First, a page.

By Sue Styles

Working with a team may not appeal to every real estate agent, but those who persevere through the growing pains can enjoy support not available to the lone ranger.

When Calgary agent Sano Stante fell off his roof and broke his wrist, it put him in the hospital for a few days, but it didn’t affect his business. His trusted assistant of two years was well-trained and able to take ownership while the real estate professional healed under the medicine prescribed by his doctors.



A few summers ago, agent Donna Rooney needed heart surgery and had to take two weeks off from her thriving real estate business in Calgary to fly to a specialist in Toronto. Her clients didn’t even know she was away. Her team of three other Realtors and two administrative assistants kept the business churning as if she continuously had her hand on the wheel.

In 2017, Tanya Eklund, leader of the No. 1 team for that year in Re/Max Real Estate Central’s Calgary office went into labour with her second child. Although she hadn’t intended to negotiate deals throughout her labour, she worked on three deals until her daughter was born! Some of her clients hadn’t even realized that she was expecting. Her team of four salespeople, two extraordinary assistants and a gifted nanny kept the status quo while Tanya paid attention to her new family member and recovered over the next weeks. Nothing was missed, clients were cared for and the business continued with the help of a finely tuned machine.

Let’s face it – life happens! And when it does, your business can be affected, whether you get sick, get married, have important events with children or need to be on hand to help aging parents. One challenge about working as a solopreneur is that YOU ARE IT.

If you have ever wondered about the benefits of having a team – or if you are trying to build one but don’t know how to create ideal dynamics – here are the best practices I have seen teams implement.

  1. Processes are defined and agreed upon. The foundation for your business rests on having succinct processes and systems. Your checklists should be simple, chronological and adhered to. Everyone should understand the workflow and what is expected.
  2. Ideally, I would love each new agent to have 12 months of administrative training (while they are not “full-time” busy). Their opportunity in learning the best practices while gaining valuable experience is one of the best ways to fast track. They should also be expected to discover ways to improve and differentiate using their fresh point of view.
  3. Each agent adds their own “special sauce”. If two heads are better than one, then multiple personalities can be an advantage when meeting new potential clients. If your personality isn’t a good fit, your teammate might help convert the lead. When you are in the safety of a group, you have more freedom to really express the best of your uniqueness.
  4. You can share the costs of office/administrative support. Many hands make light work and the more people sharing costs makes on easier on everybody. Enough said.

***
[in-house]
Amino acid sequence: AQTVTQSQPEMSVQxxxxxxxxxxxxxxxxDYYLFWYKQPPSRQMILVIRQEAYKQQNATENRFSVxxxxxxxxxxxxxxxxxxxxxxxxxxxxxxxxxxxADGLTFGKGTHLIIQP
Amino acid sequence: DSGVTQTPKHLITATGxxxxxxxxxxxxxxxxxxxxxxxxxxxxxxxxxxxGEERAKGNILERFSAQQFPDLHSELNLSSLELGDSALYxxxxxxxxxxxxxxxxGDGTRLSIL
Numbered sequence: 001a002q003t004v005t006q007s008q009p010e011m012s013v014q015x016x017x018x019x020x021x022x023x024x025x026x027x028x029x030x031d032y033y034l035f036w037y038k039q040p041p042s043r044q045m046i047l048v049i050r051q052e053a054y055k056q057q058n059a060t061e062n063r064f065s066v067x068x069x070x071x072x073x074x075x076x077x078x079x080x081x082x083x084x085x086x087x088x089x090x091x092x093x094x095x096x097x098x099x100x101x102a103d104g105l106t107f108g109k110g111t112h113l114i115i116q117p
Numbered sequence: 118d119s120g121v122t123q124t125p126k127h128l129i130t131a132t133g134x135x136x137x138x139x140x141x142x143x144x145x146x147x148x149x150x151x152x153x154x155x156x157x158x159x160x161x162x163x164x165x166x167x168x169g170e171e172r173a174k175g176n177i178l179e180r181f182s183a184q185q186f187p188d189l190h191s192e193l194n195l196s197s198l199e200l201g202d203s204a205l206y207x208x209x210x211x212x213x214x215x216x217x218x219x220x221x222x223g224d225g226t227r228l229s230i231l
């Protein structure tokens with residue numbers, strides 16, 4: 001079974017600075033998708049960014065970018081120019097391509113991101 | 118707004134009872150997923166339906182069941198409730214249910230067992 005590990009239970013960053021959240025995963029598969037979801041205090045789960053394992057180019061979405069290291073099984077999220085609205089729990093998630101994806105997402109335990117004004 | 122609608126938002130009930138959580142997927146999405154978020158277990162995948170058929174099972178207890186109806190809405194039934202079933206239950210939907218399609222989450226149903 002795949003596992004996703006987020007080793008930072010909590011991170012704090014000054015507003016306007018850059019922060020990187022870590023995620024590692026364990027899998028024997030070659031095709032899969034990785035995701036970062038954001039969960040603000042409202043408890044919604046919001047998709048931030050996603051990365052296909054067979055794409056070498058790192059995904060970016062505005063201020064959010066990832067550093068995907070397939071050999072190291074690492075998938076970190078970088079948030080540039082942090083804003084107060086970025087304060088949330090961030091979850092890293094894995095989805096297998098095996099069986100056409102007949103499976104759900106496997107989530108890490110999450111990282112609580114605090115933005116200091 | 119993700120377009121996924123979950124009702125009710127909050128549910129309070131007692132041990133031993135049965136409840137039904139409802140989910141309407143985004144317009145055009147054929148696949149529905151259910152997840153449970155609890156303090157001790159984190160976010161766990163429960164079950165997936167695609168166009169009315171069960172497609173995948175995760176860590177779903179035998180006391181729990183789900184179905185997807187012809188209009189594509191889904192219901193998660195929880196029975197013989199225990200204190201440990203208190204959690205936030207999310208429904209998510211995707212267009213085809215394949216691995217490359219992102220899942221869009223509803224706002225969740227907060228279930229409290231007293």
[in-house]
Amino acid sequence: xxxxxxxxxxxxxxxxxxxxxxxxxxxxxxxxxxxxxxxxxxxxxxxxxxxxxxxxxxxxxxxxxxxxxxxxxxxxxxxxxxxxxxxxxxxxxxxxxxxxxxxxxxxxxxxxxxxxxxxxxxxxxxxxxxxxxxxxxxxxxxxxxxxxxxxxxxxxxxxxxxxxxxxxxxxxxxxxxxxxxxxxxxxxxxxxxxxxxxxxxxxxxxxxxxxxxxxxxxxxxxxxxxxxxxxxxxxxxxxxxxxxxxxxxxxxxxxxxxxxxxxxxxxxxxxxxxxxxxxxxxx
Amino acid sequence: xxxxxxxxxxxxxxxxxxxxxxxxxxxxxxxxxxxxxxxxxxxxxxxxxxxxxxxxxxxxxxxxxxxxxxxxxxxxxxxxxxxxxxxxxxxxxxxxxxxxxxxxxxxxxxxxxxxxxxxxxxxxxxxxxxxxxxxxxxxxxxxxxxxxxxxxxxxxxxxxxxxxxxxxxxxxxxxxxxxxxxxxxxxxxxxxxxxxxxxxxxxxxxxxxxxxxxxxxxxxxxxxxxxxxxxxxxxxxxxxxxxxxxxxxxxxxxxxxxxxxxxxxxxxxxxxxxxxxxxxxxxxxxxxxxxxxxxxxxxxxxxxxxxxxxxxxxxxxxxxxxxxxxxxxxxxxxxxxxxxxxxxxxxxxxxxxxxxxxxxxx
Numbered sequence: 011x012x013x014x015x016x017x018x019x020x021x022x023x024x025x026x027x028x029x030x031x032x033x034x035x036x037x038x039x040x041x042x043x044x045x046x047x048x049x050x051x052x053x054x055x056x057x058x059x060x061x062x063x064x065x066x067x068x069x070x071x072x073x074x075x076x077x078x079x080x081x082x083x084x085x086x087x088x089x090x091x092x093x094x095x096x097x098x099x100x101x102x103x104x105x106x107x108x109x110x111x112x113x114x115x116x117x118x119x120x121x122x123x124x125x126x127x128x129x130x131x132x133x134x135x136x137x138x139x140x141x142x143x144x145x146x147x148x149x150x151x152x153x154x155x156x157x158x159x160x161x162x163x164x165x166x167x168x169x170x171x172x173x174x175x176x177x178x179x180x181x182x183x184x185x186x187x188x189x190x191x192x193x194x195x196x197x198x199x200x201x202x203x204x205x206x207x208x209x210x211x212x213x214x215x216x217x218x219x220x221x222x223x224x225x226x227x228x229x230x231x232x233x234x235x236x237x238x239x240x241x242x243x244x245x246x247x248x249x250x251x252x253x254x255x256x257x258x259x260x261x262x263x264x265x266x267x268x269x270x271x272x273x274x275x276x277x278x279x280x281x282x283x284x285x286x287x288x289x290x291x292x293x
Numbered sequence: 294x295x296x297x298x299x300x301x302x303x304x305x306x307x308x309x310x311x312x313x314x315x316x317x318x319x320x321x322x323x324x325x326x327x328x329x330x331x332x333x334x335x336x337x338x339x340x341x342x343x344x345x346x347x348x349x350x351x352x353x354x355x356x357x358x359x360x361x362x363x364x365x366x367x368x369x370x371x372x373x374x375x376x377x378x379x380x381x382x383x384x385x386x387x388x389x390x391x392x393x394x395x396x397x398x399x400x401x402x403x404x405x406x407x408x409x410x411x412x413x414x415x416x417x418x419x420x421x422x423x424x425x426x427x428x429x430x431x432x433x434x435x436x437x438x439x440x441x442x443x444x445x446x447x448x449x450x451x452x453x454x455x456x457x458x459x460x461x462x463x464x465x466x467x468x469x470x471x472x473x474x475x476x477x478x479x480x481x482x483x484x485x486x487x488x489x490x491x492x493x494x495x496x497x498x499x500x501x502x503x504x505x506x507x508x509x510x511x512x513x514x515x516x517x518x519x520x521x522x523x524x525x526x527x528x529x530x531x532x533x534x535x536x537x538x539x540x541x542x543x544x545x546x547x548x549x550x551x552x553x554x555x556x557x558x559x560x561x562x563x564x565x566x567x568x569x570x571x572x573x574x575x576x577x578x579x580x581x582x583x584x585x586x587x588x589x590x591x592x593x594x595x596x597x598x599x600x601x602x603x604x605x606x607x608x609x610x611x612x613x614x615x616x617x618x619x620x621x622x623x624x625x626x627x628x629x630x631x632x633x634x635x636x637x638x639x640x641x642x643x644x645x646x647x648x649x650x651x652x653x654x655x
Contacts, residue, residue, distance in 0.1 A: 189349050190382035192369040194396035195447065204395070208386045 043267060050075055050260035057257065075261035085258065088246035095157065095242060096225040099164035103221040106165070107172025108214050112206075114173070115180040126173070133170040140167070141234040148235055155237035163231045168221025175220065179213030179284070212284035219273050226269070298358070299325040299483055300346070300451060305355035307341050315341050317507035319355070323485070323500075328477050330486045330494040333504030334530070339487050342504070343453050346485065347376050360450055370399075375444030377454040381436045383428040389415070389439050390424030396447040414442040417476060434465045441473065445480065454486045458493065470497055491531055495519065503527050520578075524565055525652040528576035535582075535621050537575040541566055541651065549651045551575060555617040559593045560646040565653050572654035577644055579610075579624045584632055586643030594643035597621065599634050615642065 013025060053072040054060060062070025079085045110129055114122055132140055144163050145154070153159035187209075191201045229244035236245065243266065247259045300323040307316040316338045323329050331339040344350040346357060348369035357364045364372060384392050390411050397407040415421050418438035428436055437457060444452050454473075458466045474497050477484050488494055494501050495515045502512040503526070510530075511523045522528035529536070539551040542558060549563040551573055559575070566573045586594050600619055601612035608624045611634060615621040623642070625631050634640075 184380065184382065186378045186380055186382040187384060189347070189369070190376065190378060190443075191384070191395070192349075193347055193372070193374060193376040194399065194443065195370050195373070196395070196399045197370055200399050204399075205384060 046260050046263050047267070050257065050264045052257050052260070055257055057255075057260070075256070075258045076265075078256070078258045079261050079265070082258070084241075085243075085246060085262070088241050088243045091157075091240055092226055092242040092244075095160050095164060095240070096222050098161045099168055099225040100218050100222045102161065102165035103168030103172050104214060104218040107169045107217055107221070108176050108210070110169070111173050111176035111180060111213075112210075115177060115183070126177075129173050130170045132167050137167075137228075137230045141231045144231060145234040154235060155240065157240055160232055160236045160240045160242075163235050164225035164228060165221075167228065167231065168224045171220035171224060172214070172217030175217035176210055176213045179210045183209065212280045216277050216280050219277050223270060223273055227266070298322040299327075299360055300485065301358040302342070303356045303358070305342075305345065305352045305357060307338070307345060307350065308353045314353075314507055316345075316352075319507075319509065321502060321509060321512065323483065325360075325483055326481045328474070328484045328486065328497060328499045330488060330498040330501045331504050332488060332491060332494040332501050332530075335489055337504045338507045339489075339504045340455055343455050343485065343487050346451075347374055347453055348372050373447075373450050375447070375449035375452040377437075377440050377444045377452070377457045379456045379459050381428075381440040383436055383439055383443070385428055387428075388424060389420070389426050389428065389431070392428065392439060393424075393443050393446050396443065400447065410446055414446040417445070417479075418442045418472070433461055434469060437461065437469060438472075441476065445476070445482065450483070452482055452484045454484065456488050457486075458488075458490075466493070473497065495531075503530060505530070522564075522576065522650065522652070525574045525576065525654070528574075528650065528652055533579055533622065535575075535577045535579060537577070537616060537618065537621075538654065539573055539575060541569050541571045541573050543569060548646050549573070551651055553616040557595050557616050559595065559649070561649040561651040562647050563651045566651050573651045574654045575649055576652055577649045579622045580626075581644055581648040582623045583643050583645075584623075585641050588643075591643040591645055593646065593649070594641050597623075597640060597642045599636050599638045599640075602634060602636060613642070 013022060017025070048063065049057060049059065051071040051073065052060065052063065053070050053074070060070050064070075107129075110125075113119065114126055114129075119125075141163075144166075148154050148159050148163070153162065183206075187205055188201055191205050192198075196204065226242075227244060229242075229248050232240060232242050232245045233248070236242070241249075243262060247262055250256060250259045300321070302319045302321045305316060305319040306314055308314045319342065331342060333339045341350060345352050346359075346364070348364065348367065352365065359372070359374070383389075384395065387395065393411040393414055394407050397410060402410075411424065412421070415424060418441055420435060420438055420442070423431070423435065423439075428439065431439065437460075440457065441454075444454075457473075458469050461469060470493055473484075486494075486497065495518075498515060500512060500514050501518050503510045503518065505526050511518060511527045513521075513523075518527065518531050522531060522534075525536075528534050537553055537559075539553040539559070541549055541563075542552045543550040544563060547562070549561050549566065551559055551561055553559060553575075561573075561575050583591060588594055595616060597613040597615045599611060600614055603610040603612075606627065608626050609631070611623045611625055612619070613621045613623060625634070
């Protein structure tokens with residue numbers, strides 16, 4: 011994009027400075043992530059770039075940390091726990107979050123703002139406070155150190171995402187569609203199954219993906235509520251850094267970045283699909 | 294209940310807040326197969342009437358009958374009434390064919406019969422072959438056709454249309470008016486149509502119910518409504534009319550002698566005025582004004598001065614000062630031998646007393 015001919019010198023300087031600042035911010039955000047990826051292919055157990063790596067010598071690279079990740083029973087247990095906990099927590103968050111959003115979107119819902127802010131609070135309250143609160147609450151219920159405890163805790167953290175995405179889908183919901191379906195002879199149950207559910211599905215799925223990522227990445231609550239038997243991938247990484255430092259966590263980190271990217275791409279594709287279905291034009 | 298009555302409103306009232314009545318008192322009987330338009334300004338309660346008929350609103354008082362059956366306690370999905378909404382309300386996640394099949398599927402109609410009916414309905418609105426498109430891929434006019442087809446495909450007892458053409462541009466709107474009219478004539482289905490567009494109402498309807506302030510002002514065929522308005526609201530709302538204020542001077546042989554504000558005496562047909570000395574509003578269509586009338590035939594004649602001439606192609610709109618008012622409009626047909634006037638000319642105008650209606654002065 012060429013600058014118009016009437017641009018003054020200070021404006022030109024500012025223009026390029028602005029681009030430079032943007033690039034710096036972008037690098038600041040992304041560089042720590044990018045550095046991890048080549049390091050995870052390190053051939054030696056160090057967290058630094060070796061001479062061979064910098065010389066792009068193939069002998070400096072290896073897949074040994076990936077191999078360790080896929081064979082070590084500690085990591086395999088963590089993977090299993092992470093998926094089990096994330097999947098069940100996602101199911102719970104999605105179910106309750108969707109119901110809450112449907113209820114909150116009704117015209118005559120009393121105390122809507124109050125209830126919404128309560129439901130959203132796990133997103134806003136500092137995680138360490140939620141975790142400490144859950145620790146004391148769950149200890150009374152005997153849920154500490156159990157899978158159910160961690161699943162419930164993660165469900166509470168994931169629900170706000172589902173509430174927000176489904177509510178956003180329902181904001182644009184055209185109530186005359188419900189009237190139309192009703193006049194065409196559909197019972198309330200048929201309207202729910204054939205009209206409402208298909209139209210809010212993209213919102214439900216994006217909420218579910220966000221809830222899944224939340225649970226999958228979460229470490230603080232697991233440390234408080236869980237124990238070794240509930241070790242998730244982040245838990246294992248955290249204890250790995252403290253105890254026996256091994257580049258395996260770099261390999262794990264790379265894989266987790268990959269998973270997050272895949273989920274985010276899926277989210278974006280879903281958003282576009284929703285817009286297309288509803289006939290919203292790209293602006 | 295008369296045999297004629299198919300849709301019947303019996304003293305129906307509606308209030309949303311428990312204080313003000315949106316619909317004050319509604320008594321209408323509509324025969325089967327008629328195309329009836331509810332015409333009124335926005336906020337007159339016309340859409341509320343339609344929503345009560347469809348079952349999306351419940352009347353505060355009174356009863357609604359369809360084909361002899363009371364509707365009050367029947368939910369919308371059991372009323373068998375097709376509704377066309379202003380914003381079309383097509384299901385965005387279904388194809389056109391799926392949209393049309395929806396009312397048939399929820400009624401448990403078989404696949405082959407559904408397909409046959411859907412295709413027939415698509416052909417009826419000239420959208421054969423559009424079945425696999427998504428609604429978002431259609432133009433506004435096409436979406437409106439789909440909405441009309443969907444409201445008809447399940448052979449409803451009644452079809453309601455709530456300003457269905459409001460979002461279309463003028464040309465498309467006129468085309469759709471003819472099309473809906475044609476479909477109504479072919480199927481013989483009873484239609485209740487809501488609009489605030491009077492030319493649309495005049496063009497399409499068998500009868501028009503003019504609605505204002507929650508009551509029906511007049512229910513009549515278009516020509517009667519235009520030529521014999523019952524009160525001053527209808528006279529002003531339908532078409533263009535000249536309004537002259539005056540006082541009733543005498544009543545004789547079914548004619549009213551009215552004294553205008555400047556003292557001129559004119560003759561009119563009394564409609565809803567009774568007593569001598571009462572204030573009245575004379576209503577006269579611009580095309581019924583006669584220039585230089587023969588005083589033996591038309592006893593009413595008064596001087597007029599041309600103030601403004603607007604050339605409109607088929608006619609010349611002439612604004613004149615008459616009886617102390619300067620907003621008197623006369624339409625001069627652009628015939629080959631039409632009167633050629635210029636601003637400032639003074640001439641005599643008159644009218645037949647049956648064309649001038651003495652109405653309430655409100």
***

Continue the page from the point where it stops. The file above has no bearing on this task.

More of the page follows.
5. The leader grows in their leadership ability. One thing I know for sure is that if you think you’re a leader, but no one is following you, then you are just taking a walk! Just like leading a church or any volunteer organization, when you build and grow a team, you put yourself in school. The best way to learn is by doing.

Once you have your team in place, here are some of the best practices for success:

  • Implement regular team meetings (weekly or monthly).
  • Task one agent at each meeting to share something and teach the others (a great way to learn is to teach).
  • Commit to accountability amongst the group. Be intentional with goals and rise to meet them.
  • Support one another, socialize together, appreciate your differences in the dynamics.
  • Team mentorship! Mentorship is a key to development.

Recently I was visiting the west coast admiring the beauty of the gigantic redwood trees. They have very small roots – no more than one-inch-thick and they are unusually short, going down only six to 12 feet.

If they were on their own they would be blown over in a mild breeze.  But they join their roots with other redwoods and intertwine with other trees. The whole forest is strong and can withstand any storm. They are together in their foundation and each helps the other to stay upright when they couldn’t stay up on their own.

This is how your team can be, stronger together so that each one can grow to their full capacity.

Sue Styles has been in the real estate industry for more than a decade. She has managed a brokerage, teaches at the Calgary Real Estate Board and is a certified business coach, professional speaker and author. Her first book, Be Extraordinary - Right Where You Are! encourages administrative assistants and support staff to excel by following her practical and motivational tips. Her new book, The Little Red Stick - What Gets Measured Gets Done reveals all the secrets of high producing agents. Contact Sue by email or call 403-805-7710.

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